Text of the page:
You see, the only mainstream console I owned in my early years was a Genesis (or Mega Drive II over here in Europe). The console was expensive and way above my budget, and so were the games. This is why I only ever owned a single 6 in 1 cartridge and Sonic was the only high-profile platformer I ever got to play on the console. To make things worse, I didn’t even have the console for more than a year. It brook relatively soon and I wasn’t able to fix it.

In the late nineties, though, I got a PlayStation and that one stuck around for a long, long time. The first two games I got were Rascal and ReBoot and both were complete crap, but soon after, I got Crash Bandicoot 2 on a discount. I loved that game and played it to the point of my disc becoming unreadable.

Crash Bandicoot 2, Cortex

Cortex is the big-headed, comical baddie of the game.

So after completing Final Fantasy IX, I started sorting through my PlayStation backups (legal, I swear) and stumbled upon this one. I really, really intended to play Grandia next, but when I saw Crash, I just felt the urge, so I copied it to my PSP and started it up. It’s still just as fun as it ever was. I played through a big part of it in my very first session, but this time, I’d like to write a bit about something I noticed in the design of the game.

First of all, I should probably say there’s a hidden intro level you can get access to if you decide not to skip the starting sequence. This intro level really shows how a game can teach the player how to play, without using tutorials. The game uses this method mostly abandoned in modern games through its entirety, but the intro level really paints a clear picture. Well, it will be more of a series of pictures, with subtext, but you know what I mean.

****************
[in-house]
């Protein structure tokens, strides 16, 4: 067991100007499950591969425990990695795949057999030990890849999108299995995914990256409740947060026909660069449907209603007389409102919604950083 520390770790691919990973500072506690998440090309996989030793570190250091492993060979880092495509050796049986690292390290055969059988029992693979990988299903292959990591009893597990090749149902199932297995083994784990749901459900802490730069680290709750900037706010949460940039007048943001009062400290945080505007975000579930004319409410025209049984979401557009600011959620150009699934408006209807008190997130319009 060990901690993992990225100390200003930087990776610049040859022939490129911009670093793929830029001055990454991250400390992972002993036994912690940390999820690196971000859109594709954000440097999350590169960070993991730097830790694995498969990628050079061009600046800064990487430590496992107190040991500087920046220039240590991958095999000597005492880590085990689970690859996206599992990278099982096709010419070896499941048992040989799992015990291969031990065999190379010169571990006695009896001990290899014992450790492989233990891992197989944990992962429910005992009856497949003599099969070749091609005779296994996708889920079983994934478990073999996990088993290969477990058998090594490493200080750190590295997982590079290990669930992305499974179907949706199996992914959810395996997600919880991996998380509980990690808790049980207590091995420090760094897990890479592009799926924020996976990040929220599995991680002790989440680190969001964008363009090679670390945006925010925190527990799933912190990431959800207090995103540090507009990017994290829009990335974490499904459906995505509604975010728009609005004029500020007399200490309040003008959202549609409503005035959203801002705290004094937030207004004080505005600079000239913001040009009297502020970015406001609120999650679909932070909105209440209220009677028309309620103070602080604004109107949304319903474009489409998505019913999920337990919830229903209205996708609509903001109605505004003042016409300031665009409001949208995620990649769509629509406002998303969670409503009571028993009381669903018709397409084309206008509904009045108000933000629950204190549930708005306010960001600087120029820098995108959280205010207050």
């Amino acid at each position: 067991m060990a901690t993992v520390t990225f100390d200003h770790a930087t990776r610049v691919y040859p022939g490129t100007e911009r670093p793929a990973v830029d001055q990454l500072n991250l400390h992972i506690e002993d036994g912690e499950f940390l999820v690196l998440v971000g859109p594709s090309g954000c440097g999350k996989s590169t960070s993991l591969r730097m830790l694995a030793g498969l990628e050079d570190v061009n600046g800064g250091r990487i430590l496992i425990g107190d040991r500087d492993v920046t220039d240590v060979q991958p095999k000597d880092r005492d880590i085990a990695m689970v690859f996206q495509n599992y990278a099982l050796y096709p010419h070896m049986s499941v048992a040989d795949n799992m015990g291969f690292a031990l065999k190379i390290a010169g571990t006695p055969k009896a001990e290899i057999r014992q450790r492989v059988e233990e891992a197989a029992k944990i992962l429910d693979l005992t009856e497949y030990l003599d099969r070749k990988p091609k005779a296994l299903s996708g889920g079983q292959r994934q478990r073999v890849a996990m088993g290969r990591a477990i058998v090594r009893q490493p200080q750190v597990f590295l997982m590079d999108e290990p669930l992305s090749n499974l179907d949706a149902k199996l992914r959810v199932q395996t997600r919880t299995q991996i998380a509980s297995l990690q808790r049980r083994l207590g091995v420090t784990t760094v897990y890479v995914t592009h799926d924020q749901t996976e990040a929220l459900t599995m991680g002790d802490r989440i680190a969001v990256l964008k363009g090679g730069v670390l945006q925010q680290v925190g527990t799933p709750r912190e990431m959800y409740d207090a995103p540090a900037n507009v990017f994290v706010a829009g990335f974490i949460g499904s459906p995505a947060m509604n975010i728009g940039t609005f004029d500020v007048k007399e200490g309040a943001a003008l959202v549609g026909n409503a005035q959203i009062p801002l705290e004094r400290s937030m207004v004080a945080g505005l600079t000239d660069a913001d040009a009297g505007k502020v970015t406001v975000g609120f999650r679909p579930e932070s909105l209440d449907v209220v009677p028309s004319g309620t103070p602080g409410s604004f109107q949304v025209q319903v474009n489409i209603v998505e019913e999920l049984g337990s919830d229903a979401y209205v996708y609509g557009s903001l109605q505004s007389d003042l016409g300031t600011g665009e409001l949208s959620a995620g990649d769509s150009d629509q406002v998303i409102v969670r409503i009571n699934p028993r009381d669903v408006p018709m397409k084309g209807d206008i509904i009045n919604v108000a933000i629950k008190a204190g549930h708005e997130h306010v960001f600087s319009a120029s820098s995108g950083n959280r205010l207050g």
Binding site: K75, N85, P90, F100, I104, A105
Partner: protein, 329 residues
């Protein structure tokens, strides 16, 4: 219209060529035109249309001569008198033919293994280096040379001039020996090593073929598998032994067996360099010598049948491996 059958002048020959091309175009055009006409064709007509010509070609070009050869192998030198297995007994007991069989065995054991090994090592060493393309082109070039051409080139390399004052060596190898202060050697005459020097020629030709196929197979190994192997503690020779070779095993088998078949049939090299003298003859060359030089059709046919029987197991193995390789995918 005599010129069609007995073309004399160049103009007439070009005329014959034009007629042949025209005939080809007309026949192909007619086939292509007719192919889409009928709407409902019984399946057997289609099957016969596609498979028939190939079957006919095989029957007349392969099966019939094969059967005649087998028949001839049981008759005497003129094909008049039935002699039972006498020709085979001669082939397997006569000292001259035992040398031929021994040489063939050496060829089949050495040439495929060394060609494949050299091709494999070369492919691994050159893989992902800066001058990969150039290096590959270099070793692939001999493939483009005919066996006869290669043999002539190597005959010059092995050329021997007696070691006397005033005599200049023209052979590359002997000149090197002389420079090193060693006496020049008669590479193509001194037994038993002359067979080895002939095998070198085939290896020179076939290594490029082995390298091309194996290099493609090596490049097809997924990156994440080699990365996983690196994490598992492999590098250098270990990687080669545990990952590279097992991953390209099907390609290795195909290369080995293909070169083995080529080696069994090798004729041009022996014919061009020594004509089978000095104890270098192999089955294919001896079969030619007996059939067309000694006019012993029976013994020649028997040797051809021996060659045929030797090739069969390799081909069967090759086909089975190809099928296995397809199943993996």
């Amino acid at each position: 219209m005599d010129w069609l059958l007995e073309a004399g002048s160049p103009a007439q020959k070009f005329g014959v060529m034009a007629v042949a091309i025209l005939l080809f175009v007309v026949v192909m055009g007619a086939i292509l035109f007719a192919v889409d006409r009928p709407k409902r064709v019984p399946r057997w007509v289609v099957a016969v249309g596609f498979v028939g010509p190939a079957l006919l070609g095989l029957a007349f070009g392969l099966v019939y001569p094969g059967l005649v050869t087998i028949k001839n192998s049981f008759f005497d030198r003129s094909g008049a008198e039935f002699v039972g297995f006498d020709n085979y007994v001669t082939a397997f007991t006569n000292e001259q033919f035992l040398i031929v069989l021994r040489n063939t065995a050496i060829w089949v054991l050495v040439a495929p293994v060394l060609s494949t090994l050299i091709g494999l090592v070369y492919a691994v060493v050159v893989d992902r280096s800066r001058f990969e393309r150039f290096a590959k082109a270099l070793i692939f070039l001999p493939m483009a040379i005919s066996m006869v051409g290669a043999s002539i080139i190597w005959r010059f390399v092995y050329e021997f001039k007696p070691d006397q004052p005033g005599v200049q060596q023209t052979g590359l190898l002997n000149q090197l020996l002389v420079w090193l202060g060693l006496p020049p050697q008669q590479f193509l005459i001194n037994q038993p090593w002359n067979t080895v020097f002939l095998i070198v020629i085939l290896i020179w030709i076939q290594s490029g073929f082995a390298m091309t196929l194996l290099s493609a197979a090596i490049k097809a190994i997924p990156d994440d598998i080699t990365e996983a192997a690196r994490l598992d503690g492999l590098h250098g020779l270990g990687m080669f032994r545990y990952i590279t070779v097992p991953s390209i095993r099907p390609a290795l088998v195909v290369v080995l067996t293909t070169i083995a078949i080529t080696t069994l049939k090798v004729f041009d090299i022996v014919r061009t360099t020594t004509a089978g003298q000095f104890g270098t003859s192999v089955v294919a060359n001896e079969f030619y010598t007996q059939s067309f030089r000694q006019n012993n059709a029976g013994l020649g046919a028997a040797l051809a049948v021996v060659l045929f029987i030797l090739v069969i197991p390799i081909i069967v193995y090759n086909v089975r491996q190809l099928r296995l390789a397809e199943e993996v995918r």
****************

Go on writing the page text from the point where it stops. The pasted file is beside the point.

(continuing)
How Crash Bandicoot 2 handles tutorials

Your sister, Coco, wants you to go get her a battery. Immediately, you see two crates. One of them should be jumped on, while the other can be smashed from any side, as indicated by their markings. You can figure this out now, but you don’t have to. It’s all OK.

Crash Bandicoot 2, Intro, Part 1

The first two crates.

Next up, you see your first pit, but it isn’t a danger yet. You can fall in, but you can also practice jumping over it. In the background, you can see a crate containing your first protective mask.

Crash Bandicoot 2, Intro, Part 2

The pit and the mask.

Now that you got the mask, you see your first enemy. You might not figure out it can hurt you, but that’s OK, because the mask will save you, once.  If the enemy hurts you, you’ll see it’s bad, mask or no mask. In the background, you can see your first surprise crate, which has special goodies – an extra life, in this case.

Crash Bandicoot 2, Intro, Part 3

The first enemy and the first surprise crate.

Here comes the first real pit. This one is obviously way deeper than the last one, so I hope you figured out your jumping by now. Actually, If you haven’t you’re still stuck in your first hole, so it’s all good.

Crash Bandicoot 2, Intro, Part 5

The first real pit.

Wow, this crate bounces me around when I jump on top of it! WOW! This other crate gives fruit if I hit it from the bottom to! Oh, wait, I could’ve hit that other crate from the top to get fruit to. Shame I just destroyed it from the side. Oh well…

Crash Bandicoot 2, Intro, Part 5

The first “up” crate and the second “special” crate.

And that’s it. That was the first intro level and it taught you all the basic mechanics without any explanation, reading, pushing through annoying conversations or anything of the sort. The same thing happens throughout the game. Sure, your main goal is explained to you through the story, but the mechanics are left for you to figure out, with the game designed in a way that subtly guides you into figuring it out.

I’m sad to say that it’s been quite a while since I’ve seen such design. It’s only recently that I started appreciating this, though, mostly thanks to egoraptor, a known youtube gamer and his Sequelitis series, especially the Megaman episode.

In short, Crash is a beautifully designed classic platformer, which I greatly enjoyed as a kid and intend to enjoy just as much now.